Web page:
The Michigan Department of Health and Human Services (MDHHS) Oral Health Unit is recognizing 50 Michigan public water systems for being awarded the Water Fluoridation Quality Award from the U.S. Centers for Disease Control and Prevention (CDC).
The award recognizes those communities that maintained a consistent level of optimally fluoridated water throughout 2017.
Fluoridation is the adjustment of fluoride in the water to a level that is optimal for preventing tooth decay. According to the CDC, drinking fluoridated water keeps teeth strong and reduces cavities (also called tooth decay) by about 25 percent in children and adults.
“Michigan consistently exceeds the CDC recommendations for community water supplies by having 90 percent of our population on community water systems accessing fluoridated water,” said Karen MacMaster, MDHHS acting deputy director of Population Health Administration. “These awards demonstrate the commitment to quality by these community water systems.”
Community water fluoridation has been recognized by CDC as one of 10 great public health achievements of the 20th Century. It is estimated that every dollar invested in fluoridation saves at least $38 in costs for dental treatment.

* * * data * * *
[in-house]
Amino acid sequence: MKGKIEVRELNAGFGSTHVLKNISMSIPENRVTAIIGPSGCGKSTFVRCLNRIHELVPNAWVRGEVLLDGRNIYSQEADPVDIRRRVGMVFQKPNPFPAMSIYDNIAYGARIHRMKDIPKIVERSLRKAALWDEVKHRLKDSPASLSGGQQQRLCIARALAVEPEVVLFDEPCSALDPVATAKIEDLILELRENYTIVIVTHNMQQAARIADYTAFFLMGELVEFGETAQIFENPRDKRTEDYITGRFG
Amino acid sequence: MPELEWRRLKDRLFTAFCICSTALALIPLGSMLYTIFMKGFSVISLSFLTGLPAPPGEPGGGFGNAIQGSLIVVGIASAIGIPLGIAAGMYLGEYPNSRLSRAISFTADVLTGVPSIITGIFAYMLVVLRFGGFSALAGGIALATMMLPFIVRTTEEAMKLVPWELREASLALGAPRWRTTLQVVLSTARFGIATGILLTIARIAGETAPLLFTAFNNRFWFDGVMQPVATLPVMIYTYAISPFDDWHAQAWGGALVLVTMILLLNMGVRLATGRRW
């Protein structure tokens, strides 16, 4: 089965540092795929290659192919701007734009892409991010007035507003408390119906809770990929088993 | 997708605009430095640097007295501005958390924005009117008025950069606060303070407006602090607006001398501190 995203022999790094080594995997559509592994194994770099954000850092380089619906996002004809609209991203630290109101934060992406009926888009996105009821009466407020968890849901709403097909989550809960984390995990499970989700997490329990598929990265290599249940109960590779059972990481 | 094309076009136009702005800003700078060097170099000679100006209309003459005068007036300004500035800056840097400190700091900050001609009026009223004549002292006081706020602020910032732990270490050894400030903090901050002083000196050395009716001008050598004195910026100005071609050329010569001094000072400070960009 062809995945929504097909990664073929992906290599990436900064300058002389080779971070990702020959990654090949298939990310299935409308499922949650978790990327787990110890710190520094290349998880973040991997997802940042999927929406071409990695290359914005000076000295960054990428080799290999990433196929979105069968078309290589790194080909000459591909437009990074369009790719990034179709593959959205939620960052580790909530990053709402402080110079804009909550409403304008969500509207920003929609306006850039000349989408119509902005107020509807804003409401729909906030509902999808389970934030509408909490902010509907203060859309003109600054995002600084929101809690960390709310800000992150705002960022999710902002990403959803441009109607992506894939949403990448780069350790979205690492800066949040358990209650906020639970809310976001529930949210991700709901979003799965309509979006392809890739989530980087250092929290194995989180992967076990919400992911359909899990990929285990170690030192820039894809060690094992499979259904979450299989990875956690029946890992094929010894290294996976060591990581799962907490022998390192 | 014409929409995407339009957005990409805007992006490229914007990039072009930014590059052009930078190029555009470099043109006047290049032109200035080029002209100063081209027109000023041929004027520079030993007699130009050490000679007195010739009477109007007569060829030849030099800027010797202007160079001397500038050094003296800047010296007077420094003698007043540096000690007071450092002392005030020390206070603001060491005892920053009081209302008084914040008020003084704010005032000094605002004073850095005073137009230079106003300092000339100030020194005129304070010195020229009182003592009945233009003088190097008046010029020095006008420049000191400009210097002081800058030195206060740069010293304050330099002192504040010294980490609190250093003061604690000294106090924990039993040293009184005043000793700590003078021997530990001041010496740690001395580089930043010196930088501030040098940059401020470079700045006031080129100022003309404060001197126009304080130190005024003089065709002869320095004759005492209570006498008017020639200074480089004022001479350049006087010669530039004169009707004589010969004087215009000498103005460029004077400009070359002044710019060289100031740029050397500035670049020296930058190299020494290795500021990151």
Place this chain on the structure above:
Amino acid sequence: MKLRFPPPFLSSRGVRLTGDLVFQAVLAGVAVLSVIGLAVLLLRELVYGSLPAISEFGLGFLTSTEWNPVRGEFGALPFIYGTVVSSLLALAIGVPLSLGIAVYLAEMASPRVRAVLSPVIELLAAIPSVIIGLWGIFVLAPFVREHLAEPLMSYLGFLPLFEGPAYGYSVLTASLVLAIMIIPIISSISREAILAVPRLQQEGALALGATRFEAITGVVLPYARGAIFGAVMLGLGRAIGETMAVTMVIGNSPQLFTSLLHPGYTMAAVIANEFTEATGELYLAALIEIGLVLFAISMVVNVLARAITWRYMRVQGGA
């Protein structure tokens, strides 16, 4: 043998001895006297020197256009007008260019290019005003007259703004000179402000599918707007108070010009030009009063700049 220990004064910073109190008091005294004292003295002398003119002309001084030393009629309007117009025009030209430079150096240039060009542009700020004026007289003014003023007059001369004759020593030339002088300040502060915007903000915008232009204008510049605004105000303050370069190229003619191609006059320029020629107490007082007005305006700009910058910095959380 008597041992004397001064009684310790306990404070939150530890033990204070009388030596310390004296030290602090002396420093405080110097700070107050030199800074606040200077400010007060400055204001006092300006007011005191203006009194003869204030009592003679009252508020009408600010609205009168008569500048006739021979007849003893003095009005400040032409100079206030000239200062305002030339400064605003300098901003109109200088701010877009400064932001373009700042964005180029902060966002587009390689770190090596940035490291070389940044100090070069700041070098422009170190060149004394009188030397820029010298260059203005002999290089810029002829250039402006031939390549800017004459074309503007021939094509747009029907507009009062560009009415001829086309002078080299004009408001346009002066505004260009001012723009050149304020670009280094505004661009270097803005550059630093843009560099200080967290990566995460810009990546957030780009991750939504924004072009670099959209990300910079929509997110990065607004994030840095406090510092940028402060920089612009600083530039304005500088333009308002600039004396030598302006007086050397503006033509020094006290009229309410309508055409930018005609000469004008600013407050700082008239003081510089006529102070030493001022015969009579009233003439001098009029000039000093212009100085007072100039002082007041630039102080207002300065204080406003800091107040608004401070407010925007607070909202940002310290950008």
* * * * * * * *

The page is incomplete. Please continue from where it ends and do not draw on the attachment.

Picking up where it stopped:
For more information about community water fluorination, visit the CDC website.
A total of 1,499 water systems in 30 states received the award, including the following Michigan systems:
|Battle Creek-Verona System||Manchester|
|Boyne City||MHOG Sewer & Water Authority|
|Carson City||Michigan State University|
|East Jordan||Northwest Ottawa Water Treatment Plant|
|Escanaba Water Department||Plainfield Township|
|Gladstone Water Department||Schoolcraft|
|Great Lakes Water Authority||St. Johns|
|Hillsdale||St. Clair Water and Sewer Authority|
|Holland Board of Public Works||Standish|
|Huron Shores Regional Utility Authority||Summit Township|
|Lake Bella Vista||Wakefield|